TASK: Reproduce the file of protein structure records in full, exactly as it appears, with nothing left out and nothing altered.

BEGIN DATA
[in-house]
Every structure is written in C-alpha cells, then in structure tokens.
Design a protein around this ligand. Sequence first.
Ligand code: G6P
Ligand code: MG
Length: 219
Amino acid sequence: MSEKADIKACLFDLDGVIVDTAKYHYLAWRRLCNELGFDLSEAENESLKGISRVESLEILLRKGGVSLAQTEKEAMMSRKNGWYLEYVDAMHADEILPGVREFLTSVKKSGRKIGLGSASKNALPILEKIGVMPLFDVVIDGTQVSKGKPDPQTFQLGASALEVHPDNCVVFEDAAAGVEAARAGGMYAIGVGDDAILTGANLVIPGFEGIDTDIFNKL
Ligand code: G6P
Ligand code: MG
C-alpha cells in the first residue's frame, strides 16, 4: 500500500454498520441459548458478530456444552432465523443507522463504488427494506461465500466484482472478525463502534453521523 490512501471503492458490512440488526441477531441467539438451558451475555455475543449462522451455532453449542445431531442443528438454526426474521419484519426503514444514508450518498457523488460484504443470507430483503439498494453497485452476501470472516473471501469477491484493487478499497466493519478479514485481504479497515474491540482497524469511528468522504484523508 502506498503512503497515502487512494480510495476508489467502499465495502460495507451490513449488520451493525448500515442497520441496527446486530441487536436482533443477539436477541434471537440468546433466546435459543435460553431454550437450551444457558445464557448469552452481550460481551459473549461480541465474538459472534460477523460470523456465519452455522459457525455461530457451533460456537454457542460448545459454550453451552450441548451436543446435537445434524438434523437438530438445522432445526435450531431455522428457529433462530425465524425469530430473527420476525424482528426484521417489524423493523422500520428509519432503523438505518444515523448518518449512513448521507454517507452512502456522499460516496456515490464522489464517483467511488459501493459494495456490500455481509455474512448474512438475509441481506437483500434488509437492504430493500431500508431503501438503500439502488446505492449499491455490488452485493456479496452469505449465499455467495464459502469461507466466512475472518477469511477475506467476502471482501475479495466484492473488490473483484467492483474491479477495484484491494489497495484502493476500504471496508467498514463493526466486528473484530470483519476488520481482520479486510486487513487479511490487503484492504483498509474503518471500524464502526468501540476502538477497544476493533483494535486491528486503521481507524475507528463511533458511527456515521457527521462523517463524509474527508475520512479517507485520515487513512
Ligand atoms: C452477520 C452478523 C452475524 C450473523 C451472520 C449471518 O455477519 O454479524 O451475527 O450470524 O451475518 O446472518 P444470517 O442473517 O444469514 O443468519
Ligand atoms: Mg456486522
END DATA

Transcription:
[in-house]
Every structure is written in C-alpha cells, then in structure tokens.
Design a protein around this ligand. Sequence first.
Ligand code: G6P
Ligand code: MG
Length: 219
Amino acid sequence: MSEKADIKACLFDLDGVIVDTAKYHYLAWRRLCNELGFDLSEAENESLKGISRVESLEILLRKGGVSLAQTEKEAMMSRKNGWYLEYVDAMHADEILPGVREFLTSVKKSGRKIGLGSASKNALPILEKIGVMPLFDVVIDGTQVSKGKPDPQTFQLGASALEVHPDNCVVFEDAAAGVEAARAGGMYAIGVGDDAILTGANLVIPGFEGIDTDIFNKL
Ligand code: G6P
Ligand code: MG
C-alpha cells in the first residue's frame, strides 16, 4: 500500500454498520441459548458478530456444552432465523443507522463504488427494506461465500466484482472478525463502534453521523 490512501471503492458490512440488526441477531441467539438451558451475555455475543449462522451455532453449542445431531442443528438454526426474521419484519426503514444514508450518498457523488460484504443470507430483503439498494453497485452476501470472516473471501469477491484493487478499497466493519478479514485481504479497515474491540482497524469511528468522504484523508 502506498503512503497515502487512494480510495476508489467502499465495502460495507451490513449488520451493525448500515442497520441496527446486530441487536436482533443477539436477541434471537440468546433466546435459543435460553431454550437450551444457558445464557448469552452481550460481551459473549461480541465474538459472534460477523460470523456465519452455522459457525455461530457451533460456537454457542460448545459454550453451552450441548451436543446435537445434524438434523437438530438445522432445526435450531431455522428457529433462530425465524425469530430473527420476525424482528426484521417489524423493523422500520428509519432503523438505518444515523448518518449512513448521507454517507452512502456522499460516496456515490464522489464517483467511488459501493459494495456490500455481509455474512448474512438475509441481506437483500434488509437492504430493500431500508431503501438503500439502488446505492449499491455490488452485493456479496452469505449465499455467495464459502469461507466466512475472518477469511477475506467476502471482501475479495466484492473488490473483484467492483474491479477495484484491494489497495484502493476500504471496508467498514463493526466486528473484530470483519476488520481482520479486510486487513487479511490487503484492504483498509474503518471500524464502526468501540476502538477497544476493533483494535486491528486503521481507524475507528463511533458511527456515521457527521462523517463524509474527508475520512479517507485520515487513512
Ligand atoms: C452477520 C452478523 C452475524 C450473523 C451472520 C449471518 O455477519 O454479524 O451475527 O450470524 O451475518 O446472518 P444470517 O442473517 O444469514 O443468519
Ligand atoms: Mg456486522